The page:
Healthy hair strategies that won’t break the bank

There’s a lot you can do to jump-start your hair rehab at little to no cost.

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When a new year rolls around there’s one part of your body that’s almost never ready: your hair. The holidays can leave it run down and ragged, and the post-festivities wallet fatigue can make you reluctant to fork out big bucks for your bangs. An effort to skimp doesn’t always spell a necessity to sacrifice, however. There’s a lot you can do to jump-start your hair rehab at little to no cost.

While no one knows your hair better than you, no one knows hair in general better than these A-list experts. Their advice—which is often as simple as wash, rinse, and repeat—may surprise you.

1. Go on a heat-styling diet

For the next few months, approach a heat-styling diet like you would a New Year’s resolution health kick: with a diligence that in time becomes a healthier approach to hair styling. Curling irons and wands, as well as straighteners, should be first on the chopping block. Experts like trichologist, Iain Sallis, warns against the everyday use of straighteners since they introduce “too much heat and make hair dry and frizzy.”

And, while the occasional blast of warm air—to avoid those inevitable hair icicles that form when you leave the house with sopping wet hair in the winter—won’t make your hair fall out, prolonged, repeated, and high-temperature blow-drying spells trouble. Moderation is key, according to celebrity hair guru, Ken Pavés, who is trusted by the likes of Jennifer Aniston and Victoria Beckham. He recommends only blow drying your hair for special events.

2. Make room for vitamins

Like every other part of your body, sometimes all your hair is craving at this time of year is a healthy dose of fruits and vegetables to regulate the madness. And, with all of the eating and drinking that your body carried you through during the holidays, the least you owe it is some tender, loving care and a heaping dose of all of the vitamins it craves.

Dr. David Bank, director for The Center for Dermatology, recommends foods rich in Vitamin C, biotin, and protein to promote collagen building, hair growth, and overall hair health. So, be sure to add foods like oranges, tree nuts, lean meats, and eggs to your next grocery list.

3. Whip up a DIY hair mask

Hair masks don’t have to be formulated in a factory or delivered in a fancy salon to revive the moisture in your dehydrated locks. You’re perfectly capable of putting together your own combination of healthy hair-promoting ingredients to create a deep conditioning hair mask. And, don’t worry: these recipes don’t require much culinary skill.

Dietician Carlene Thomas recommends taking full advantage of items you already have on your kitchen counter for a DIY hair mask made with olive oil, mayo, or avocado. Speaking of oils, Patrice Grell Yursik of Afrobella recommends using jojoba and coconut oils for everything from pre-shampoo treatments to hot oil treatments as well as to seal your ends after deep conditioning, all of which she does with her own curly tresses.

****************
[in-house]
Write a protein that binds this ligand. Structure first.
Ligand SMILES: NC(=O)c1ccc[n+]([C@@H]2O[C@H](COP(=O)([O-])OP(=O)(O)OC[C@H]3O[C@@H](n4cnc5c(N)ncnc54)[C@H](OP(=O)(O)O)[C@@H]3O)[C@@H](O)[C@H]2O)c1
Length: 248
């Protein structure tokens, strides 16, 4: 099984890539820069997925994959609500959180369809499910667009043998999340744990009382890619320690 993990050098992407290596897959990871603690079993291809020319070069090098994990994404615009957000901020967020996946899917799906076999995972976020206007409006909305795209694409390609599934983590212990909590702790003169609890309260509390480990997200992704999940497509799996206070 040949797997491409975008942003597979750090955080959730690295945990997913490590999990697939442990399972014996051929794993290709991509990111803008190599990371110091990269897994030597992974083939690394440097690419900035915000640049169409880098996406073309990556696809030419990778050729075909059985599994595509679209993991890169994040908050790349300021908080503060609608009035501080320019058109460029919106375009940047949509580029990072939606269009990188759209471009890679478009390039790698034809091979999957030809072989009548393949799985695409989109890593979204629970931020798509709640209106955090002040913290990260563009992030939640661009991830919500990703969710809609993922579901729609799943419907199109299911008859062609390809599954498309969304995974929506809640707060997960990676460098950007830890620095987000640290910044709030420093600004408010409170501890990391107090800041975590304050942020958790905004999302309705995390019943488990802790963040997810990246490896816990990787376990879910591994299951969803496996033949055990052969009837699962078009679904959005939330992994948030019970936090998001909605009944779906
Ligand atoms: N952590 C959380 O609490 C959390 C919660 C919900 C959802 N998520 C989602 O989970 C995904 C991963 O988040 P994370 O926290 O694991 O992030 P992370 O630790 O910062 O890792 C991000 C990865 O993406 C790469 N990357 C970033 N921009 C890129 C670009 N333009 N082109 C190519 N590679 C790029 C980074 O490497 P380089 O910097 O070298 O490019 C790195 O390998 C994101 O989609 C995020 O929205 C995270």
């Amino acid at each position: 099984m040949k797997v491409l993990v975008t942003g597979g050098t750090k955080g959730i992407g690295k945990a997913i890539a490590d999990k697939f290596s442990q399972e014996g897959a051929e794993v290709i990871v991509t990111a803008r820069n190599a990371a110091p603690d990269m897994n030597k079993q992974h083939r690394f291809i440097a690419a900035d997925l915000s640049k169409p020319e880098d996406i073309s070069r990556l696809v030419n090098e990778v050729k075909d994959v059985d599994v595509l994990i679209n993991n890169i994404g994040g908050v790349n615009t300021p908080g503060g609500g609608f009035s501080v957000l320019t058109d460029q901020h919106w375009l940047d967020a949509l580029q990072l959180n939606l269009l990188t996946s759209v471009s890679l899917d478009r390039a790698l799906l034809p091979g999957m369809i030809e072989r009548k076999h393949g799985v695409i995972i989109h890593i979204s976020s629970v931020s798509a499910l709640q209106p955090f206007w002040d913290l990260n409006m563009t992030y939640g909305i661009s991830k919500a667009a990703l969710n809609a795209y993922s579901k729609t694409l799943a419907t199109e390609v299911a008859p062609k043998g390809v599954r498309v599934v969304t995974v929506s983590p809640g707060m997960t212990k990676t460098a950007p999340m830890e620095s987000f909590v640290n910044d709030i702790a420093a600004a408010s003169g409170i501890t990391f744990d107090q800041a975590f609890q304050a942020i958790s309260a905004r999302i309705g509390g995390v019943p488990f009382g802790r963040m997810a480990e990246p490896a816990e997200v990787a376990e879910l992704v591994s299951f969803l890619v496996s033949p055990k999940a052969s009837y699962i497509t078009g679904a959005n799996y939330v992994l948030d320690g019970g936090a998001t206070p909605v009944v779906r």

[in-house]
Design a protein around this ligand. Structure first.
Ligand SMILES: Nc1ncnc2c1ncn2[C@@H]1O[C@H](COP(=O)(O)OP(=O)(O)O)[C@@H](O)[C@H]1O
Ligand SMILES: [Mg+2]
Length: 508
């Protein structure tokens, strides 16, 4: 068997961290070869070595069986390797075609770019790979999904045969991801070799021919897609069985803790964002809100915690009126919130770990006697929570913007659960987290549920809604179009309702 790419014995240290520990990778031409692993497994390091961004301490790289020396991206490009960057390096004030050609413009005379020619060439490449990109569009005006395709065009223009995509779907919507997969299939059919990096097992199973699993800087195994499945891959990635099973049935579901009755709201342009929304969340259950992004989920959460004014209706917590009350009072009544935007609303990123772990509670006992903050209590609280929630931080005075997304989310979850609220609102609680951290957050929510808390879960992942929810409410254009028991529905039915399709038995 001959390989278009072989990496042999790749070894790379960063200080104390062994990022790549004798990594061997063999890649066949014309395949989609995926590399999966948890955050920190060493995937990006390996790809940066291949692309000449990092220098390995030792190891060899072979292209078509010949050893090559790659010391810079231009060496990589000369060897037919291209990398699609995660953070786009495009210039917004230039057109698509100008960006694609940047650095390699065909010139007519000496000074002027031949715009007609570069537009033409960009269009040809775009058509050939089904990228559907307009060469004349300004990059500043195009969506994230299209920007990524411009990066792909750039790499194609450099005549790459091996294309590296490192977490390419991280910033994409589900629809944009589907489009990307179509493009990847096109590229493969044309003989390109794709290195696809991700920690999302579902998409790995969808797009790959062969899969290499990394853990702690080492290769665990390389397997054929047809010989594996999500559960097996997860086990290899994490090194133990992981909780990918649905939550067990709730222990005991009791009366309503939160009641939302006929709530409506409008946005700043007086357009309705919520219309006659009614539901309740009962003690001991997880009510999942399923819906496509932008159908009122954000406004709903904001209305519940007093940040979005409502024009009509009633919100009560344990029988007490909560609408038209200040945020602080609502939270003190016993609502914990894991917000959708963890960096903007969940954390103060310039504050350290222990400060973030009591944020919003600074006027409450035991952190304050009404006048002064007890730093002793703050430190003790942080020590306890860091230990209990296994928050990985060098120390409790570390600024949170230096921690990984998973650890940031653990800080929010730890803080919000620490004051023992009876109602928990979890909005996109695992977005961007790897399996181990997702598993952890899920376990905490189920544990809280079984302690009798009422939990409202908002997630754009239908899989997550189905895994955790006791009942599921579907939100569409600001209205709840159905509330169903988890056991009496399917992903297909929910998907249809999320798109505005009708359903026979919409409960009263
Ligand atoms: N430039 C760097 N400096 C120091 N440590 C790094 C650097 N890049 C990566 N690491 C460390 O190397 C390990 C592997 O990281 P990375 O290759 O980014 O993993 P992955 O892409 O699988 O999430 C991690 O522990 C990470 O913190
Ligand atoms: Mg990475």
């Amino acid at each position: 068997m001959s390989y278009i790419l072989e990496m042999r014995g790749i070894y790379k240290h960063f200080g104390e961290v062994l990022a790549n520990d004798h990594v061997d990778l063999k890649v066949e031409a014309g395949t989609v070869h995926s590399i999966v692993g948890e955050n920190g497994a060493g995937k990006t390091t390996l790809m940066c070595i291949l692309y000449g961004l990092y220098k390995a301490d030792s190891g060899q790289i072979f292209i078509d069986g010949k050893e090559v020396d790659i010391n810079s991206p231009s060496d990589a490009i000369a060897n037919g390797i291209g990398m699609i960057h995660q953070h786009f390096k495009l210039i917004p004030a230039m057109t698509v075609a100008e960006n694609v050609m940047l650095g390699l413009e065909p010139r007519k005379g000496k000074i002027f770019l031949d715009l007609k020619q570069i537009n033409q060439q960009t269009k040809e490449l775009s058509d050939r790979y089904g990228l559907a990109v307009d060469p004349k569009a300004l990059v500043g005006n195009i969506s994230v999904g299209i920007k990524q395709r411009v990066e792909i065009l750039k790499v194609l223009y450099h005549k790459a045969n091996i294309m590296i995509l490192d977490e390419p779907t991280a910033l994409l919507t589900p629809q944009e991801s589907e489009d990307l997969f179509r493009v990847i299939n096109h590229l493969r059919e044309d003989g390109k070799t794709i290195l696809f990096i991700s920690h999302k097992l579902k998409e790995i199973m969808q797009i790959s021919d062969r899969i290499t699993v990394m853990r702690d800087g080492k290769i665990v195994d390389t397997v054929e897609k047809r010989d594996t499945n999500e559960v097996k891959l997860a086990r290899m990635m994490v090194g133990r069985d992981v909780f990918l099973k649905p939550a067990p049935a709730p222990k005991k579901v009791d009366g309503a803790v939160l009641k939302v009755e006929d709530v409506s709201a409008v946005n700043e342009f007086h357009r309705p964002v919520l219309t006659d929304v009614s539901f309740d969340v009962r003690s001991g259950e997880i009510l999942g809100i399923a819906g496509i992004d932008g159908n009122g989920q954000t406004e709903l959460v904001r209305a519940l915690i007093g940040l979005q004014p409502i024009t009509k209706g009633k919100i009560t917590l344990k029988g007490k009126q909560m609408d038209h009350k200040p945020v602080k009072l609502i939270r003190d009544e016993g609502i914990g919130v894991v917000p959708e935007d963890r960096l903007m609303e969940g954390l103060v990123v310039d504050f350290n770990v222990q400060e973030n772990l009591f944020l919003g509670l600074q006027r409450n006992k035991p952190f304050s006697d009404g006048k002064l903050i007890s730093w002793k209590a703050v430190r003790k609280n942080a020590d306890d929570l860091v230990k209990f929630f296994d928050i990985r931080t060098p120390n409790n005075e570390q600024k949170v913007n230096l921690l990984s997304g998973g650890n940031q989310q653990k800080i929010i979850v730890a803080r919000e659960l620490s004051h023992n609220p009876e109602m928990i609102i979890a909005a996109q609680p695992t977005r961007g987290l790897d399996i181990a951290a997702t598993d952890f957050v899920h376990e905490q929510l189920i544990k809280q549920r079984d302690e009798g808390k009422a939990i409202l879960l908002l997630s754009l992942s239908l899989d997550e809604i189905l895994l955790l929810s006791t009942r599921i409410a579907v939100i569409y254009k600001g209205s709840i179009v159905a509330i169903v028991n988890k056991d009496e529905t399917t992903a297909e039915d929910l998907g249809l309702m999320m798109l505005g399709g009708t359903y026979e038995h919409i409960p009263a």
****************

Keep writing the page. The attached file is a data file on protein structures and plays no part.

4. Ease up on the suds

Every gorgeous head of hair is at least partially beautiful because it’s also a clean head of hair. But that doesn’t mean you should leap to sacrifice your hair’s natural oils. Consider reducing the frequency with which you use shampoo. Danielle Messina of The Glamorganic Goddess swears by the clarifying abilities of a little baking soda added to your haircare routine. That is, of course, if you decide to wash your hair at all. Dermatologist, Jason Emer, recommends washing hair as infrequently as you’re comfortable with, since “the more you shampoo, the more you potentially remove oils needed to protect hair shafts and keep the scalp healthy and moisturized.”

5. Get your heart pumping

If you’re already having trouble keeping that other get-fit resolution you made this year, here’s another motivator: regular exercise is one of the best things you can do for your hair. Exercise aids in a host of processes that help keep stress levels low, and high stress can lead directly to premature hair loss. Some experts believe the increase in blood flow fostered by physical activity is a promoter of hair growth. So think of those gorgeous, shiny locks as you jog. What more do you need to keep moving?

6. If all else fails, go for a trim

Haircuts are expensive—at least good ones. If you want a positive change, ask your stylist for a simple trim the next time you’re in the salon—it’s often cheaper than a full-on haircut. Celebrity hairstylist Michael Dueñas believes that establishing a proper hair trim schedule allows the locks to flourish while avoiding “unnecessary breakage and split ends.” If you’ve been neglecting your tresses’ need for regular trims, make this the year you reinvest in your hair!

Olivia Wilson
Olivia Wilson
Olivia Wilson is a freelance writer who shares her time between Paris and New York. Her writing has appeared on Teen Vogue.com, Teen, The Gloss, and Crushable. In her free time, she enjoys traveling, gawking at incredible street style, and trying new foods.